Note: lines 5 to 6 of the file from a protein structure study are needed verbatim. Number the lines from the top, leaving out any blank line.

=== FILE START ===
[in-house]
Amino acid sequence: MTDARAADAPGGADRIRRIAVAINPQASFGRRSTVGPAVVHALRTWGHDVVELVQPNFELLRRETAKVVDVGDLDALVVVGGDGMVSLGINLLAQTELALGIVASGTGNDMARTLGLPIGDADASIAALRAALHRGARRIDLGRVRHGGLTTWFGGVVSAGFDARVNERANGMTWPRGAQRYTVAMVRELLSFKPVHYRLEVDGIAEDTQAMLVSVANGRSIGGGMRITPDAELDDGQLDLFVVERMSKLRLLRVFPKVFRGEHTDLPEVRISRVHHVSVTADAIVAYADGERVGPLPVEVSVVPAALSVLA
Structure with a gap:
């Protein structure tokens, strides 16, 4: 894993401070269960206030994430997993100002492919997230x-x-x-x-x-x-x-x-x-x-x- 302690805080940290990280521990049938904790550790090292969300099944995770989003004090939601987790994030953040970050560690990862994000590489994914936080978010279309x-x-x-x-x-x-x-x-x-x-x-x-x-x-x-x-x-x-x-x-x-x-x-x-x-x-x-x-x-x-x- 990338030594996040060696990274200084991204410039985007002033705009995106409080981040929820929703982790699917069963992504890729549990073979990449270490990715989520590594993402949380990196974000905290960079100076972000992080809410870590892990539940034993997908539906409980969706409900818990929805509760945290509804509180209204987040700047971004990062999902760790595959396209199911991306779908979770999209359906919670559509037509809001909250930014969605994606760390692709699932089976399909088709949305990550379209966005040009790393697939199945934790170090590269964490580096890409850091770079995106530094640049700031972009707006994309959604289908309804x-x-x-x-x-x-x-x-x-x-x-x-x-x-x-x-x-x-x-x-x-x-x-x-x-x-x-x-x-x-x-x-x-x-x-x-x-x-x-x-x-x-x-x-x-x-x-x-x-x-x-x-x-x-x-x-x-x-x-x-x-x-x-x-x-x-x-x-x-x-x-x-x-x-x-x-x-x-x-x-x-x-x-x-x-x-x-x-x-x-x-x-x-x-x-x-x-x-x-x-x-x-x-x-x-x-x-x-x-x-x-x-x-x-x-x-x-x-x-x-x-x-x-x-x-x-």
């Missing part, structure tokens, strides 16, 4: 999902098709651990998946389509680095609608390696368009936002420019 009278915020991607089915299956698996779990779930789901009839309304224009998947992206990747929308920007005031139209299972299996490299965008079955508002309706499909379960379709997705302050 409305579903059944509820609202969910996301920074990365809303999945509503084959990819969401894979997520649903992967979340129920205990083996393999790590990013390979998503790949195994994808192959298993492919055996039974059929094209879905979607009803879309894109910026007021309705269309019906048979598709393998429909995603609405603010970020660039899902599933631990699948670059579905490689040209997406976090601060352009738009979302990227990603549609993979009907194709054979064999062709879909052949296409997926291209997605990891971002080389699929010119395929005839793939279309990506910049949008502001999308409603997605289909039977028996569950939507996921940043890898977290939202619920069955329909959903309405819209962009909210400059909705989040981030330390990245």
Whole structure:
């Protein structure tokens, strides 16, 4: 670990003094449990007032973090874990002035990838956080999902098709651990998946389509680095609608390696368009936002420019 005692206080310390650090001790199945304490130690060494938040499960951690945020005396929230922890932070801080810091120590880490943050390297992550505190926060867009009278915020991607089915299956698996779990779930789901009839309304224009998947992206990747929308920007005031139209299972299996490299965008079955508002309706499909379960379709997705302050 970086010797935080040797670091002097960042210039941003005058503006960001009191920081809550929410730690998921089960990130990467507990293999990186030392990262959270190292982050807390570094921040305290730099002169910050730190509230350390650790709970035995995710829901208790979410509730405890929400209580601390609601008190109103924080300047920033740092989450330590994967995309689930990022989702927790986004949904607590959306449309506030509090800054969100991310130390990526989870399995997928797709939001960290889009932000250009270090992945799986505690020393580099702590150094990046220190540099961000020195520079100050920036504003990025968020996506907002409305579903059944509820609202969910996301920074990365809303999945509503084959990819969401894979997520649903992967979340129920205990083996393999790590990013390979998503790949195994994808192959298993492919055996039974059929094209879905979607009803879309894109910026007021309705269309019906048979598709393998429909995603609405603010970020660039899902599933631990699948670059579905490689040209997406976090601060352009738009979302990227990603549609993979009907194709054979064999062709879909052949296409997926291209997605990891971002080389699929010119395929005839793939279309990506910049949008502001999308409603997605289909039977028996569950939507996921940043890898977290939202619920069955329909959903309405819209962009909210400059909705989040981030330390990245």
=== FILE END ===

């Missing part, structure tokens, strides 16, 4: 999902098709651990998946389509680095609608390696368009936002420019 009278915020991607089915299956698996779990779930789901009839309304224009998947992206990747929308920007005031139209299972299996490299965008079955508002309706499909379960379709997705302050 409305579903059944509820609202969910996301920074990365809303999945509503084959990819969401894979997520649903992967979340129920205990083996393999790590990013390979998503790949195994994808192959298993492919055996039974059929094209879905979607009803879309894109910026007021309705269309019906048979598709393998429909995603609405603010970020660039899902599933631990699948670059579905490689040209997406976090601060352009738009979302990227990603549609993979009907194709054979064999062709879909052949296409997926291209997605990891971002080389699929010119395929005839793939279309990506910049949008502001999308409603997605289909039977028996569950939507996921940043890898977290939202619920069955329909959903309405819209962009909210400059909705989040981030330390990245």
Whole structure: